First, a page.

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70% Of African Migration, Occur Within Continent – AfDB

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The African Development Bank (AfDB) says 70 per cent of African migration occurred within the continent while Africans accounted for 10 per cent of the 258 million people who migrated worldwide.

Mr Aristide Ahouassou, Communications Officer of the bank, said this in a statement in Abuja on Tuesday.

Ahouassou quoted the bank’s Senior Vice-President, Charles Boamah, as making the remark during the third annual Africa Resilience Forum (ARF) in Abidjan.

Boamah explained that understanding migration was, therefore, important for the bank because it helped to provide options to support programmes that would reduce migration flows at the same time as increasing yields.

”Most of the discourse on African migration focuses on the Mediterranean, it is important to stress that general intra-African migration accounts for 70 per cent and this percentage rises to 80 per cent for sub-Saharan Africa.

”A plenary specifically dedicated to innovative solutions in the field of migration, including financial solutions, will highlight how poverty and low employment prospects become powerful drivers of migration and instability.

”This year’s theme, fragility, migration and resilience, could not be more pertinent, because we are going to focus on several issues, including the relationships between migration, humanitarian issues and security.

”Others are youth and job creation; migration and gender; and climate change and the impact on the environment,” he said.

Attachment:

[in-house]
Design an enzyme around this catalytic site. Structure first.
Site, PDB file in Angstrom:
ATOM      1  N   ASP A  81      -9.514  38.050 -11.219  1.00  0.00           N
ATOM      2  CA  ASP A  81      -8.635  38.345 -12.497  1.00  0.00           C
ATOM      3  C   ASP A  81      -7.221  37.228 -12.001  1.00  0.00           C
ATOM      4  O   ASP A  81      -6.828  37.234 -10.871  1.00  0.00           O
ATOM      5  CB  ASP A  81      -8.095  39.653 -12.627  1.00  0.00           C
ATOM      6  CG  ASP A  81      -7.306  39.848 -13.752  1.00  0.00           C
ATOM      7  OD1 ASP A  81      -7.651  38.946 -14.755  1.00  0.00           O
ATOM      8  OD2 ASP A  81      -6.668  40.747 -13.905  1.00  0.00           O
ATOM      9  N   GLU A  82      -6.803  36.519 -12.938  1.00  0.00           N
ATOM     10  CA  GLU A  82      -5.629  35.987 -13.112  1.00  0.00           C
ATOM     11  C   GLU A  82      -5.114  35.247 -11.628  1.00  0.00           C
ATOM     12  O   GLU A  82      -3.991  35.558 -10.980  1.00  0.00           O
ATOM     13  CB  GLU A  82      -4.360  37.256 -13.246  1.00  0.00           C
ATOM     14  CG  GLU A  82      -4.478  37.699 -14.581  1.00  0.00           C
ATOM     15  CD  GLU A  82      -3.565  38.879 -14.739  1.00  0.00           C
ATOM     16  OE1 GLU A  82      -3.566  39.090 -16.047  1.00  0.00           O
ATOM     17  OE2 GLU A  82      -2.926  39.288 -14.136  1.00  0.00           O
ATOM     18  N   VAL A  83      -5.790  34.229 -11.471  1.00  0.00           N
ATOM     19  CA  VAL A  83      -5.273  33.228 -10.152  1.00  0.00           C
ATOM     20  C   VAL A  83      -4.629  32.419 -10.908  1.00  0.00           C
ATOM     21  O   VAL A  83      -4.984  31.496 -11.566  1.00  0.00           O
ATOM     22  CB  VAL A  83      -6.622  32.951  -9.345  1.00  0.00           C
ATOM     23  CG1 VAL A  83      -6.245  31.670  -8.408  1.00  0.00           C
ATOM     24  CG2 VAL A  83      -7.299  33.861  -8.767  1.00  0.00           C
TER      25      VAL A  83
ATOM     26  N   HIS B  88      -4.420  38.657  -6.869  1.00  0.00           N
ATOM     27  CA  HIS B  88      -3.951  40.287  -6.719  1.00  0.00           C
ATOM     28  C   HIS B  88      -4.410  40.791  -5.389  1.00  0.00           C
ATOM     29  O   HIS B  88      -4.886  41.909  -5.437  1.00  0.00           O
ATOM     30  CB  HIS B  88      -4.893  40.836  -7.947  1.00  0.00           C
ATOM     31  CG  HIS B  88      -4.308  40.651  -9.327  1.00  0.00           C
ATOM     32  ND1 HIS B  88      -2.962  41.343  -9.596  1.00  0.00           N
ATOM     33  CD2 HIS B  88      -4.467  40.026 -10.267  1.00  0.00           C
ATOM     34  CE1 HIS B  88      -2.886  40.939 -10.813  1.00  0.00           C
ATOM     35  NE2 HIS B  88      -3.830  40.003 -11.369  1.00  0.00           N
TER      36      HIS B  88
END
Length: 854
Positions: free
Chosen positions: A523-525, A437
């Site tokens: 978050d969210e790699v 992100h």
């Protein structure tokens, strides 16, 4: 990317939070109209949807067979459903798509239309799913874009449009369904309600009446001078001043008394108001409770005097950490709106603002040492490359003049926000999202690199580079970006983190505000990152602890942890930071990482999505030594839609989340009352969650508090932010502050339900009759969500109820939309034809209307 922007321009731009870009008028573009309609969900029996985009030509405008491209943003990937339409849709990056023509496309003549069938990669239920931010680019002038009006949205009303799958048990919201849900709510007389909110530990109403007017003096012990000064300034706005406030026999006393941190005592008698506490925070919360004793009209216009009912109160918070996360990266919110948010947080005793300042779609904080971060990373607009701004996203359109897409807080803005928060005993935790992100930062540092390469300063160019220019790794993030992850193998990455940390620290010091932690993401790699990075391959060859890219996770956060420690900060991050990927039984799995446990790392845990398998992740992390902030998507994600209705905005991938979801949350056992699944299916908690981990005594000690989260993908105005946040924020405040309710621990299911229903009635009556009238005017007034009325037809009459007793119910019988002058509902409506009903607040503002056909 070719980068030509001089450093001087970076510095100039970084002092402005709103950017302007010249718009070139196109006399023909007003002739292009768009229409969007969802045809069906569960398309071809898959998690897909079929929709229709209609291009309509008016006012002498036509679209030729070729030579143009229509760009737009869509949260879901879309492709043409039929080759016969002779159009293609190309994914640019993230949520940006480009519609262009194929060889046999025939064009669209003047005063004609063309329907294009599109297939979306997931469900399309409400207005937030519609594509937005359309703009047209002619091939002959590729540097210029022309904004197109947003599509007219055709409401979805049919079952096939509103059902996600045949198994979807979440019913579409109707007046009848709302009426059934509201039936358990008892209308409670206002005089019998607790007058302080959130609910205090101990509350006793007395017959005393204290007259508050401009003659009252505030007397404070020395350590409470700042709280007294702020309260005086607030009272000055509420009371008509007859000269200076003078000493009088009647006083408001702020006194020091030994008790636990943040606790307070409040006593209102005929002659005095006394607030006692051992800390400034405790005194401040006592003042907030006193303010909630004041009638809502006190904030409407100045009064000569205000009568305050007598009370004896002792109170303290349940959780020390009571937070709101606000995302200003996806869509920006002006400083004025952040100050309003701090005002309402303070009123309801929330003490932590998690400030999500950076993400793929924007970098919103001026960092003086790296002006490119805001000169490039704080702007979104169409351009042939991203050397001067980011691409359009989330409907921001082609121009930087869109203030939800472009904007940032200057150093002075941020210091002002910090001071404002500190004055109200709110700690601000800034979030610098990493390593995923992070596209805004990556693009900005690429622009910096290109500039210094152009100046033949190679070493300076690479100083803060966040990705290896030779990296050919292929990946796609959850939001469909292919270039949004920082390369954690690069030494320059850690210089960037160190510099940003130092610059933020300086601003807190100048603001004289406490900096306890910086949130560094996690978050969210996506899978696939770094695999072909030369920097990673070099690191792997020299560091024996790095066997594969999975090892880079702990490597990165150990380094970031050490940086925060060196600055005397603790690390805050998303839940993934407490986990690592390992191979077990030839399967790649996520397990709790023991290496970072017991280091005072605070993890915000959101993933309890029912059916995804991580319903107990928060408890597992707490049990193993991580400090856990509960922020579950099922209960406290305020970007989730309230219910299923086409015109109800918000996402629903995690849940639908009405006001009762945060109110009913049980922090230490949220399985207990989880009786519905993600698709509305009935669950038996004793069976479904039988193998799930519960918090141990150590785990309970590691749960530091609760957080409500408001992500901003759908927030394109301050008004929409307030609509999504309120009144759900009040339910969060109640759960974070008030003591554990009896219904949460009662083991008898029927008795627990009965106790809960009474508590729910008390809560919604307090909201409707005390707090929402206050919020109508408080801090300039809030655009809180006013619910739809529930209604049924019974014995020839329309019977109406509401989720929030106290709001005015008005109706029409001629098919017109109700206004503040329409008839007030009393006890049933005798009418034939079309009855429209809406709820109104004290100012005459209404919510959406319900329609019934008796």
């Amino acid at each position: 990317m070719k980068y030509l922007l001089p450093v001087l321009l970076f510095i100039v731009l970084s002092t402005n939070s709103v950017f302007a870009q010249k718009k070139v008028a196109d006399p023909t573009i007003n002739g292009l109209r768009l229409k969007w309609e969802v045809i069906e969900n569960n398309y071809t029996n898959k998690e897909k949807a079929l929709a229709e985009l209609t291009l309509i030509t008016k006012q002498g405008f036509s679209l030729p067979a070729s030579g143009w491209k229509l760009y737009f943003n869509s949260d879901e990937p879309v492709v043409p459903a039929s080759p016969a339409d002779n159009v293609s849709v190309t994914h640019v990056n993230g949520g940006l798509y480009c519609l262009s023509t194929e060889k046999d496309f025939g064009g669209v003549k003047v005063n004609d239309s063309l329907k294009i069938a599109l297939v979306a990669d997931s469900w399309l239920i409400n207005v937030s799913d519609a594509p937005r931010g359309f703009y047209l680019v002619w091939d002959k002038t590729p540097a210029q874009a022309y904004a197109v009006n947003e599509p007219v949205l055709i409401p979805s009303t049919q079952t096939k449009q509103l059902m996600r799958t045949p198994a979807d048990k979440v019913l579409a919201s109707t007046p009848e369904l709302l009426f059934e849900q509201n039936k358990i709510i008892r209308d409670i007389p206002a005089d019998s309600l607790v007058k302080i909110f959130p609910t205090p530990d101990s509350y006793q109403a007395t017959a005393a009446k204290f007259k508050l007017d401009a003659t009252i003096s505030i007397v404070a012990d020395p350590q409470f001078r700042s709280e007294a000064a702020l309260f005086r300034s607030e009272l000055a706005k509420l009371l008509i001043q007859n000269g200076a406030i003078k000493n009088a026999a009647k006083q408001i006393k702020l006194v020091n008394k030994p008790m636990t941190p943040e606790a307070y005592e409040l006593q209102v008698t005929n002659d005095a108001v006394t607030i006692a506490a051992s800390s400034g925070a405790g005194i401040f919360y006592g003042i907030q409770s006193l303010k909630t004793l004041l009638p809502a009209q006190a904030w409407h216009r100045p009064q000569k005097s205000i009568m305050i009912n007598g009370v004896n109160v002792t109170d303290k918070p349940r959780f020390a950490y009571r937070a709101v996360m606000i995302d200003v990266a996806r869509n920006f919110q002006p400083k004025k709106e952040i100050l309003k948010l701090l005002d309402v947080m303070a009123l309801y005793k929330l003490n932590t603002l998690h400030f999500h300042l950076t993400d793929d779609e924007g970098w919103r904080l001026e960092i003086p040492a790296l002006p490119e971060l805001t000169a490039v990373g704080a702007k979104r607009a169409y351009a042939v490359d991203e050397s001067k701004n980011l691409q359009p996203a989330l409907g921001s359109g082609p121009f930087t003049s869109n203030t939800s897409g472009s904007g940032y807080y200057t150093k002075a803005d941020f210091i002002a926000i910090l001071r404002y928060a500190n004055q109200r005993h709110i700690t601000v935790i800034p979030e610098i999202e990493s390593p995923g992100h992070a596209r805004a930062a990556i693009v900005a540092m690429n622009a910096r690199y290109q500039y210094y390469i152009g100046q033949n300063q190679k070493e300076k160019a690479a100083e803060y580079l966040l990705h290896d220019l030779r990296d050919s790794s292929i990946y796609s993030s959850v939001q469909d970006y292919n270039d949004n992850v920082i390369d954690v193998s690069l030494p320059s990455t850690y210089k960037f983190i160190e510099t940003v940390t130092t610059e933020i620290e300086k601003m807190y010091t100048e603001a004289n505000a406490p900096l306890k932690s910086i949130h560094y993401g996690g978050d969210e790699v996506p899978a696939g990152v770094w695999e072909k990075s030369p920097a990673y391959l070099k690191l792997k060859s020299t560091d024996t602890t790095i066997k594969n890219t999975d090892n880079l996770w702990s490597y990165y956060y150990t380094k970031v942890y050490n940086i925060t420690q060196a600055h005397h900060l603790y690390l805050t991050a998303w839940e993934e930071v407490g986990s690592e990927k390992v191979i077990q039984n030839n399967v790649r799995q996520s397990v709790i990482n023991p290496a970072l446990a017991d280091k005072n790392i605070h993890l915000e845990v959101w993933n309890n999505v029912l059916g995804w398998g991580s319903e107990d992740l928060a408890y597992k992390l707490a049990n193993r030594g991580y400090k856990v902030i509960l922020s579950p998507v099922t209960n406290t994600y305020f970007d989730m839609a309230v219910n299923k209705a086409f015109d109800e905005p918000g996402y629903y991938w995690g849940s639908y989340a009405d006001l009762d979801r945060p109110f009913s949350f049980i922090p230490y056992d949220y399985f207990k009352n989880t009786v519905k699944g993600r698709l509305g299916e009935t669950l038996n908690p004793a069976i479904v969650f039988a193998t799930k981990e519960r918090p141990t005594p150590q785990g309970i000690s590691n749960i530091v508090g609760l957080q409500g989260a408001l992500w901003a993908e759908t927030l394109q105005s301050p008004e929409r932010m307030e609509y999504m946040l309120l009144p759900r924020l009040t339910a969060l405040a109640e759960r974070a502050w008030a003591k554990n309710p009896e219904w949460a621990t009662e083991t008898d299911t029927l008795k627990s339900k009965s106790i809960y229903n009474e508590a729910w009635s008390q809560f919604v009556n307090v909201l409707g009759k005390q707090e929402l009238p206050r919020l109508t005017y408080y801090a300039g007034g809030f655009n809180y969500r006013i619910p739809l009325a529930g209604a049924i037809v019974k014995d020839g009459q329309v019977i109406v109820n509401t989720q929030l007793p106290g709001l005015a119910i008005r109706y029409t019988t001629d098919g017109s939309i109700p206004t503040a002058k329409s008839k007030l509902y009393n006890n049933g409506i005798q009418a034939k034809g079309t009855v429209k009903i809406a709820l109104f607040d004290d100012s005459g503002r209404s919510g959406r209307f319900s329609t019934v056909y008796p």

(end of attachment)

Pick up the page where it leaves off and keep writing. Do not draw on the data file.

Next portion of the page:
According to him, the debates held at the forum will benefit from the new Country Resilience and Fragility Assessment (CRFA)’s tool, which uses the concept of the internal and external pressures on countries and their capacity to address these.

He said that migration challenges required bold responses, in this regard, the bank had developed tools to address that.

”The CRFA is an excellent tool to build resilience in our regional member countries and the bank is also working on migration in collaboration with the African Union, the United Nations Economic Commission for Africa (UNECA), African civil society and African businesses,” he said.

He said that in 2011, the bank provided substantial assistance to Libyan refugees in Tunisia; in 2015, it extended its aid to refugees in Djibouti, as well as similar projects in Burundi, Mali, Nigeria, Senegal and Zimbabwe.

He disclosed that the bank had also launched the ”Jobs for Youth in Africa” programme, which offers young Africans employment, particularly in the agricultural sector, and to prevent youth from succumbing to the temptations of migration.

He said that more than 400 participants from around the world were taking part in the forum, which would propose concrete actions to address the challenges posed by migration and to help build resilience within the 21 African countries classed as fragile.

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